Tuesday, March 23, 2010


The time with my equine friends was a good one, though short, in retrospect. The three of them started off in a little 30’ corral made of saplings. It was a simple fence, made from trees fresh cut and hammered together with 60 penny spikes. It looked right out of the pages of “Little House on the Prairie”, and I liked that. The three of them were not terribly fond of the tight quarters but they got along for the most part. On occasion the little mule would get excited and try to steal food from Nicodemous. He was patient with her right up until he got hungry and would then just push her aside, as he was about twice her bulk. This would inevitably spark a righteous fury from her in which she would turn around and start kicking the living daylights out of him. She learned quickly to keep to the side when engaging in such behavior after the first time old Nick connected back. It was like an anvil on a freight train flung out from that mule I thought he was going to knock her clean into the next county. He was close to fifteen hundred pounds and thus could pack a whollop!

While these two were discussing their differences of opinion on feed bucket ownership, Gandalf the little donkey quickly learned to stroll between all the feed buckets and eat his fill from each. It was like watching a Stooges episode. The fussing over food provided hours of entertainment. The little one, Henney, would prove an avid stealer of everyone’s food and complete grouch right till the end. All things considered, she had a pretty good excuse. Her feet were in horrible shape and there was not anything that could be done for them.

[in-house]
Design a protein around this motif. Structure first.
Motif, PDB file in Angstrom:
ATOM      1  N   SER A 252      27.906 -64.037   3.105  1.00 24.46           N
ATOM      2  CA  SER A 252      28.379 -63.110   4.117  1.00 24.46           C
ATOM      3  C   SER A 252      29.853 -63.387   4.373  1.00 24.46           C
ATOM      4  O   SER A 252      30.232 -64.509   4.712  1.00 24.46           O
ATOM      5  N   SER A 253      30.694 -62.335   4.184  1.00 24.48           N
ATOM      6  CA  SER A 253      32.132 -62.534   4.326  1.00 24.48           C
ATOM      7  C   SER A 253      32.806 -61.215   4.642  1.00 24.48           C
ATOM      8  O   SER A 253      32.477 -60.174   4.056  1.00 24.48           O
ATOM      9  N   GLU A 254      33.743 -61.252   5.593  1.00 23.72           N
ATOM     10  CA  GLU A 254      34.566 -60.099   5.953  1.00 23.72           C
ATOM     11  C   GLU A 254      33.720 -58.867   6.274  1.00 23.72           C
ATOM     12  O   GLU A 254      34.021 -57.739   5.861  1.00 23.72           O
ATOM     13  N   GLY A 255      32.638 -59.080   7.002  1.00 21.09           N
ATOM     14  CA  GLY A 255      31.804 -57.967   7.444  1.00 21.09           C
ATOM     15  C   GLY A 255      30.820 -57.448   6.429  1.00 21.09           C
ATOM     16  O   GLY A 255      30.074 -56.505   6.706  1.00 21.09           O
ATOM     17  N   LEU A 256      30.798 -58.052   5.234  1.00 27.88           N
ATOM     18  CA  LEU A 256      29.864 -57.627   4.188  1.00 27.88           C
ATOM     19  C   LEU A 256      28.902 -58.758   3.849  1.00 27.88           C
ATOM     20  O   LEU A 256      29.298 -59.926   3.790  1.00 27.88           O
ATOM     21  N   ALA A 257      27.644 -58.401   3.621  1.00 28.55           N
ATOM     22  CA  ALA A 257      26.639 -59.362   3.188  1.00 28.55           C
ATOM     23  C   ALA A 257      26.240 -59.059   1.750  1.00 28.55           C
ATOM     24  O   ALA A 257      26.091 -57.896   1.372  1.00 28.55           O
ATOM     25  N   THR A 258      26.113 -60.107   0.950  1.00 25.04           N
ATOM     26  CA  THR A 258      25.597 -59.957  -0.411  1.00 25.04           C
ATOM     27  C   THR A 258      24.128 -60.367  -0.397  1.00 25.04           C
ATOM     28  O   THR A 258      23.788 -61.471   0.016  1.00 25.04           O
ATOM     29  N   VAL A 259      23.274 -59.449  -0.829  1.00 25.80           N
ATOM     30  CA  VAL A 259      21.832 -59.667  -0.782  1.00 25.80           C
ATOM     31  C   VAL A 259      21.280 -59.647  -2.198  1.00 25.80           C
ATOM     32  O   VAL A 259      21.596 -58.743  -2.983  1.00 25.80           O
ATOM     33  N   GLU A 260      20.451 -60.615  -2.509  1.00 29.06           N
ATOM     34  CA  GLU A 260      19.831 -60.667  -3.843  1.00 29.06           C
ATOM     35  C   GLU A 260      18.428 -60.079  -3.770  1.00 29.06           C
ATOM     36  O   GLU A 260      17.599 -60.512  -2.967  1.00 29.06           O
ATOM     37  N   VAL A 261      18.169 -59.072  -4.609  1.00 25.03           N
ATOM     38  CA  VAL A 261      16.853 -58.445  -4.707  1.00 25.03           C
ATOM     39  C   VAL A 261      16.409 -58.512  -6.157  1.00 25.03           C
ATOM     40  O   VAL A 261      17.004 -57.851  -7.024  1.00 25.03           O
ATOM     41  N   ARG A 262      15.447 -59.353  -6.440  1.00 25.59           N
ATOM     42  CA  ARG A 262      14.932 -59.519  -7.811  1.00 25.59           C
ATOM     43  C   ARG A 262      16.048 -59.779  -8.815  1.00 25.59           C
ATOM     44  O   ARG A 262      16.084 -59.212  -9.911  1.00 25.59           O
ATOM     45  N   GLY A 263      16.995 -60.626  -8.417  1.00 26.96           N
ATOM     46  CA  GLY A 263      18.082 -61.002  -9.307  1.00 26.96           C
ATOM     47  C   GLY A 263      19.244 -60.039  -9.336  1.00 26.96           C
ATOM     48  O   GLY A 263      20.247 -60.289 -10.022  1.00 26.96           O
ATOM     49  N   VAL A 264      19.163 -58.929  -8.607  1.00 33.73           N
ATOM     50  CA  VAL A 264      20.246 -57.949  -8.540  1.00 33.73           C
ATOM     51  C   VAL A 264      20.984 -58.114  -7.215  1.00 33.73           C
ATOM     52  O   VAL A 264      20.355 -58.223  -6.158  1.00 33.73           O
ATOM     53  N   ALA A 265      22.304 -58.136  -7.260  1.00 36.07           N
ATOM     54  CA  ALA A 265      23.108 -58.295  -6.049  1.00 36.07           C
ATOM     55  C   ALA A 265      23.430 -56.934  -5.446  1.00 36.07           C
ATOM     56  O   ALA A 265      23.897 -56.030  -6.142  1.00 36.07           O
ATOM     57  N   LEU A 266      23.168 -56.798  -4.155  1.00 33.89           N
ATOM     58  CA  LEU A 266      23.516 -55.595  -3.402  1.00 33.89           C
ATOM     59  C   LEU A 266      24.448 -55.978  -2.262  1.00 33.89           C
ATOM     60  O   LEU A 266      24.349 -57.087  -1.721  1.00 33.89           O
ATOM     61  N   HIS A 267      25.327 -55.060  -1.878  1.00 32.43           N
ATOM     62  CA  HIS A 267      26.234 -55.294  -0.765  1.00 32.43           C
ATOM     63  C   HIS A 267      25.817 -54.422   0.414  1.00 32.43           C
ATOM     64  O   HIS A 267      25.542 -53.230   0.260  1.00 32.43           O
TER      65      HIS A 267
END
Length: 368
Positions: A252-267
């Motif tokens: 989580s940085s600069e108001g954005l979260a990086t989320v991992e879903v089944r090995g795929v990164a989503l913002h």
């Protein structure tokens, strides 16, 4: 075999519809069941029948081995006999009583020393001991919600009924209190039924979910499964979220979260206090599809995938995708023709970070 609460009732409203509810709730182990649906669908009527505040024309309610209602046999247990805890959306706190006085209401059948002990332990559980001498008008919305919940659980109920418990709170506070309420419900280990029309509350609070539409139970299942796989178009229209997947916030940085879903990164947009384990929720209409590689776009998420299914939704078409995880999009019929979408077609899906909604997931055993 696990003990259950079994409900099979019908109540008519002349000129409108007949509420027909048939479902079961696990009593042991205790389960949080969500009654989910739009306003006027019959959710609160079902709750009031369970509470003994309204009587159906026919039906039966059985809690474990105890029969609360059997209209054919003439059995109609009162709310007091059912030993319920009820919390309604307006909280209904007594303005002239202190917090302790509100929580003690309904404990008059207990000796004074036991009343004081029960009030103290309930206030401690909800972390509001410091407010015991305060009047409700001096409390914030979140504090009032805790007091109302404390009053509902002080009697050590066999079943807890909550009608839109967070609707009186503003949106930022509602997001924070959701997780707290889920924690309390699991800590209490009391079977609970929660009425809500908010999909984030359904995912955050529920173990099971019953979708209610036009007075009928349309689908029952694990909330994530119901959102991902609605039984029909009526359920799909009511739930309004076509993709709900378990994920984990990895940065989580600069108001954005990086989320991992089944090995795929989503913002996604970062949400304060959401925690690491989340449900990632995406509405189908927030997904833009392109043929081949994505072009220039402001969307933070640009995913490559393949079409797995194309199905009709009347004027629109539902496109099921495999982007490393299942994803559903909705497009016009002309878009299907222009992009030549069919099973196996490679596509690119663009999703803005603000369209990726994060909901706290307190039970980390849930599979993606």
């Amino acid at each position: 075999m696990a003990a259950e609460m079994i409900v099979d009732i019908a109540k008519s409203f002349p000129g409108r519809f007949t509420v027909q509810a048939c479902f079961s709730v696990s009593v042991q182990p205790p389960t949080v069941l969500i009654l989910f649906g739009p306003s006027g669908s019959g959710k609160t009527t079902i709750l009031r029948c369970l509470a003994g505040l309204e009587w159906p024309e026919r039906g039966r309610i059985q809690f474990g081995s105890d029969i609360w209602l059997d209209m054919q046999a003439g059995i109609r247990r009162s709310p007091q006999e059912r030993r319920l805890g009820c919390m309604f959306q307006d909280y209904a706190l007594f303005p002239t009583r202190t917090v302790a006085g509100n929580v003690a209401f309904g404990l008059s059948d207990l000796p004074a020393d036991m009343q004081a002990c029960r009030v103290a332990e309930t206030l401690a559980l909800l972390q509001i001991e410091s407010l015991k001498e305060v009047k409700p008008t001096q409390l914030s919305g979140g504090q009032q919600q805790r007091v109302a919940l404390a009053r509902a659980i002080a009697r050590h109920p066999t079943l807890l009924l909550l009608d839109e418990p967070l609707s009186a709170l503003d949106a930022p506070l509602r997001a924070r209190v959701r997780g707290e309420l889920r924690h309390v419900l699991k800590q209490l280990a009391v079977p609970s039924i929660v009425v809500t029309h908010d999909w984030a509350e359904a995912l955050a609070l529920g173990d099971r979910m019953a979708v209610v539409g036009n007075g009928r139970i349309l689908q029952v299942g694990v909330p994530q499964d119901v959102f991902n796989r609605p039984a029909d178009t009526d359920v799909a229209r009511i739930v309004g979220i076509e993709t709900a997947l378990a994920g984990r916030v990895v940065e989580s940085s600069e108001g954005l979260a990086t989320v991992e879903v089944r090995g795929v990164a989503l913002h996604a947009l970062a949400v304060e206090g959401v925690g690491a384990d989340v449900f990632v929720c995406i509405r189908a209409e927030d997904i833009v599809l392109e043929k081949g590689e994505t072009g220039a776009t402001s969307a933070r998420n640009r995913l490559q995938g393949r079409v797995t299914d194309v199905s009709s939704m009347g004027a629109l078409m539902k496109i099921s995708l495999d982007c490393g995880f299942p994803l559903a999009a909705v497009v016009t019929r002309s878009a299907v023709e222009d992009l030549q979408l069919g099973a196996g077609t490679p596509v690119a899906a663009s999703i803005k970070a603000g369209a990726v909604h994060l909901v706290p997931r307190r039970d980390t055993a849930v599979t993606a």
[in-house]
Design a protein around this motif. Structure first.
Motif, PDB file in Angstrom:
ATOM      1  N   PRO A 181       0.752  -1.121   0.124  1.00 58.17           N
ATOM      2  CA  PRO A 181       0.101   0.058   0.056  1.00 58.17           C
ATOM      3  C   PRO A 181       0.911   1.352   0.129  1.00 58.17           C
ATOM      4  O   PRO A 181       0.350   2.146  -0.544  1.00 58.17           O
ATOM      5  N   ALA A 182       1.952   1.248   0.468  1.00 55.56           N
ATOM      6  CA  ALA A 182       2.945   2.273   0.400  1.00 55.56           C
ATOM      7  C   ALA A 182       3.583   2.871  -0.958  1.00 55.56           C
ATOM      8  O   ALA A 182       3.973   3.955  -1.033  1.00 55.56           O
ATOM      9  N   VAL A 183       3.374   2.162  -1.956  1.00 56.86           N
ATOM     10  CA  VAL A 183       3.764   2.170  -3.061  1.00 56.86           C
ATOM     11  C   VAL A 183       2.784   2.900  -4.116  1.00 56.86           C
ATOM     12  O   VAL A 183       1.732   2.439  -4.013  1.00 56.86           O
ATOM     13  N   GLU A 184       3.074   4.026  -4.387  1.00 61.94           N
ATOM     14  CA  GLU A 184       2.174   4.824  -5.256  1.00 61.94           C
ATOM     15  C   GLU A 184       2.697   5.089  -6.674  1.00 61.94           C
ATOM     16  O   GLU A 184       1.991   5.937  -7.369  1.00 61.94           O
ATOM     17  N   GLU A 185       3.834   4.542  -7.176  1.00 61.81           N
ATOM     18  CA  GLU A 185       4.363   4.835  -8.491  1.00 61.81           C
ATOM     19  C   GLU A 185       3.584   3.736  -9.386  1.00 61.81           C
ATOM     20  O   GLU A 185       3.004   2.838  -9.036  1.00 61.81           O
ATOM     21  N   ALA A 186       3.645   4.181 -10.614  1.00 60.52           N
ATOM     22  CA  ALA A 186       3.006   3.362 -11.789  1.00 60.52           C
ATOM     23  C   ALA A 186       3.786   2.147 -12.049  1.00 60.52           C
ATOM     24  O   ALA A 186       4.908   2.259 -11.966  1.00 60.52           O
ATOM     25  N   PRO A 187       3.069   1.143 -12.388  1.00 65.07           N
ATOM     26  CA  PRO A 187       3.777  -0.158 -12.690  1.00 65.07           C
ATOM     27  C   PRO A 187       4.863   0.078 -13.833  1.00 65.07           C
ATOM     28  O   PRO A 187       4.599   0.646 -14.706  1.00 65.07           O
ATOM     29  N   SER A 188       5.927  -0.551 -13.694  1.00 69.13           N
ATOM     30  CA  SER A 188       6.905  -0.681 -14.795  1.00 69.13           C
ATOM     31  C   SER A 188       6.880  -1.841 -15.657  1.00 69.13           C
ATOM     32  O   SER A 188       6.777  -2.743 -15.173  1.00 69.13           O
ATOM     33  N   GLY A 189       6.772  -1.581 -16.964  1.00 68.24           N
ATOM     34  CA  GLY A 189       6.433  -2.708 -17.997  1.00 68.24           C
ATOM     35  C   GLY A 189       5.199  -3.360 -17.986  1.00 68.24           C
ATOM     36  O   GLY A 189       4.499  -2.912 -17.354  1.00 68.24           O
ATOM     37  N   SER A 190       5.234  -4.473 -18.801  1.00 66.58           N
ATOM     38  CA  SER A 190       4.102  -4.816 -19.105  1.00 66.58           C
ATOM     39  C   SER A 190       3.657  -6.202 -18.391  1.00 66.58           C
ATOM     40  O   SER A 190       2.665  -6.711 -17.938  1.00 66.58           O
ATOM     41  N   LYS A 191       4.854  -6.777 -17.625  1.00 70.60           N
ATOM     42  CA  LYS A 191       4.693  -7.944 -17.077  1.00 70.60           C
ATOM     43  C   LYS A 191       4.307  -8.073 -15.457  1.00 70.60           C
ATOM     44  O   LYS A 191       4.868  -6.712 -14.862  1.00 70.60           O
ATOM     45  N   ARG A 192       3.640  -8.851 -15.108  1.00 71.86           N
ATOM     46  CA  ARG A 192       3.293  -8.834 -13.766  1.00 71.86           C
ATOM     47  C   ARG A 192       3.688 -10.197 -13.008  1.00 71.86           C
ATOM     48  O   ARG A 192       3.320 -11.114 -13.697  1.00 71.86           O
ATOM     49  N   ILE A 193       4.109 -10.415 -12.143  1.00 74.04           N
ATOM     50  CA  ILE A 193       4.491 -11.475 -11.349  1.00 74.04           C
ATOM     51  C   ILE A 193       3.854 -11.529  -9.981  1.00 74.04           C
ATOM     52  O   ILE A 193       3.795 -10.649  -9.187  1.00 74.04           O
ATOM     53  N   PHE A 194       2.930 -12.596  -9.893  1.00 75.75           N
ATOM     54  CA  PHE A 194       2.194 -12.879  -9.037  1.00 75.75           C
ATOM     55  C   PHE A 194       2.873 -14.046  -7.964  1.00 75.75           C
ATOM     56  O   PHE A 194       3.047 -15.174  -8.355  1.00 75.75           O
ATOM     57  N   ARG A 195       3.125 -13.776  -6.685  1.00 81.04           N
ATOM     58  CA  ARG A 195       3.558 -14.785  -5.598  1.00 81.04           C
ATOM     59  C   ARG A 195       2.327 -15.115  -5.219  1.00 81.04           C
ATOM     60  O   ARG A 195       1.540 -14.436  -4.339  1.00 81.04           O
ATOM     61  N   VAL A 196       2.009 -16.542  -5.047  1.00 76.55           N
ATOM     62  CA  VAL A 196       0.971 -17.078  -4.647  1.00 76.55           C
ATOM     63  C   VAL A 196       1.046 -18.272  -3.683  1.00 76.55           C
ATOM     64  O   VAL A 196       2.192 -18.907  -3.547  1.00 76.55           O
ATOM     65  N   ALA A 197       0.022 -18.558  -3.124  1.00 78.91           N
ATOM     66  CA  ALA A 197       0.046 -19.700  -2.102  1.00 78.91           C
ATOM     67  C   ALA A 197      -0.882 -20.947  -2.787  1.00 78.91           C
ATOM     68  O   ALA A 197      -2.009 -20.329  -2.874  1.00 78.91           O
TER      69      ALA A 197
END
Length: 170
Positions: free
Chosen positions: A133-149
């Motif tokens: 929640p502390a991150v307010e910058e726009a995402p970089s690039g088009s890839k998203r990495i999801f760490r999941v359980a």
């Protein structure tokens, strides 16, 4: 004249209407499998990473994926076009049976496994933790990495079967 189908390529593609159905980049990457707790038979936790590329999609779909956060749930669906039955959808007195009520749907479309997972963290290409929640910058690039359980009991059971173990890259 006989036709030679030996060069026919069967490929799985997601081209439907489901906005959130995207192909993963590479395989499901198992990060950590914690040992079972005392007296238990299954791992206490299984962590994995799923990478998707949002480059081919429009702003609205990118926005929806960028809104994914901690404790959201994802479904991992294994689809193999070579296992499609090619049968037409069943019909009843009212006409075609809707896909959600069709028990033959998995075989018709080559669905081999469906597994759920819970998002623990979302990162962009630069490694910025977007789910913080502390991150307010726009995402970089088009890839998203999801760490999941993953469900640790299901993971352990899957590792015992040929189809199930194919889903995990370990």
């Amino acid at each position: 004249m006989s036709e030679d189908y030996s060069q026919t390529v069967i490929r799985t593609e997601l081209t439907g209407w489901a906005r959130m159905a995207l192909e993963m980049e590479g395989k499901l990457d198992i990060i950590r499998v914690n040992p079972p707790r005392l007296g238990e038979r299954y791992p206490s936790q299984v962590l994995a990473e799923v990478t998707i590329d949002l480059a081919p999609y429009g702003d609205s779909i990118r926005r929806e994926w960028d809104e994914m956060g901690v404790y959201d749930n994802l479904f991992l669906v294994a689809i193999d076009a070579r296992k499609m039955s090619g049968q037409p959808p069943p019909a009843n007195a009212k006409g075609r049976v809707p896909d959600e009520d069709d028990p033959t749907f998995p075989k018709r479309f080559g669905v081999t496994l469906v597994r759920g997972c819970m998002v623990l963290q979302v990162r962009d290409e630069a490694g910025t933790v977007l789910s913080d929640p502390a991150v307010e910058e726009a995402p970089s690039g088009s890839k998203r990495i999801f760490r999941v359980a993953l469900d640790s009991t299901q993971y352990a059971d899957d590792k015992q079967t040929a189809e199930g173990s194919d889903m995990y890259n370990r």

One day, I was walking around in the corral, gathering feed buckets that were spread all over hell and back. It seems half the fun of eating is carrying the bucket around and hitting the others with it. One day I looked out the window to find the wind had blown an empty feed bag into the corral and Gandalf and Nicodemous were having a lively game of tug-of-war with it. Until I lived around these guys I never knew how smart mules and donkeys are. I had horses as a kid and they were alright, but these guys were scheming, devious, plotting goofballs. As I am gathering the buckets, Gandalf, as he often did, followed me around. He plodded right behind me and would nod his head vigorously any time I reached over and scratched his nose and head. At some point I must have failed to live up to his expectations because the next time I turned around he reached up and bit me! That little bastard turned his head, opened up and grabbed the back of my arm, the fleshy part of the triceps, to be exact, and just clamped down.